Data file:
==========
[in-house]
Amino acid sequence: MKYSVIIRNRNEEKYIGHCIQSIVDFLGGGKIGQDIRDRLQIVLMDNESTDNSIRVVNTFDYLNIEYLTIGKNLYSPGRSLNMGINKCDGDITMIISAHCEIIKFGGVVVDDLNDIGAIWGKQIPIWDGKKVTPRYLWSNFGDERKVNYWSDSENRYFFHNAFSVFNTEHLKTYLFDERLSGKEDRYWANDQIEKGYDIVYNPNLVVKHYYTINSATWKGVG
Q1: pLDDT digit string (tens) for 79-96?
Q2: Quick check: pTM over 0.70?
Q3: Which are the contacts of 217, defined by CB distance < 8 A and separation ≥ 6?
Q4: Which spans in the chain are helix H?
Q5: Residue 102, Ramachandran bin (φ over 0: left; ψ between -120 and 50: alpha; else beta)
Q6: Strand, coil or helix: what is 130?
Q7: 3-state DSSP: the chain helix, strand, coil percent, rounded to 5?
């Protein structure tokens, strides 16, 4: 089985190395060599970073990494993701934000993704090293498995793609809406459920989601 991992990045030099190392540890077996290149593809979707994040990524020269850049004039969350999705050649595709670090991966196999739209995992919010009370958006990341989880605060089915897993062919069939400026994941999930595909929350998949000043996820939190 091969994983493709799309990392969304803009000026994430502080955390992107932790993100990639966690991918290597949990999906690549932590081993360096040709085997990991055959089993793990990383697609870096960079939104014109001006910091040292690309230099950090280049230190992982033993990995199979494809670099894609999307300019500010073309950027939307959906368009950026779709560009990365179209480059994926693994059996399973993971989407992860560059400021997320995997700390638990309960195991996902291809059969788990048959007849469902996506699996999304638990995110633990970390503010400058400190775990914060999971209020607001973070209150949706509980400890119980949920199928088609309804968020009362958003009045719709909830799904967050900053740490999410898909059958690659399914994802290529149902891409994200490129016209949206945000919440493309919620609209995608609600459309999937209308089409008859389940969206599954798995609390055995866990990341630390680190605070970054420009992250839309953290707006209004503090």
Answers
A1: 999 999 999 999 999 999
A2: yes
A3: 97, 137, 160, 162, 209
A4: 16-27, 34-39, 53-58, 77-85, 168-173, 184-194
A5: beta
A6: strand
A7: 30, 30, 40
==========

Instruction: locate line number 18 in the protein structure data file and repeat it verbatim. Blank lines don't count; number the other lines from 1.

A7: 30, 30, 40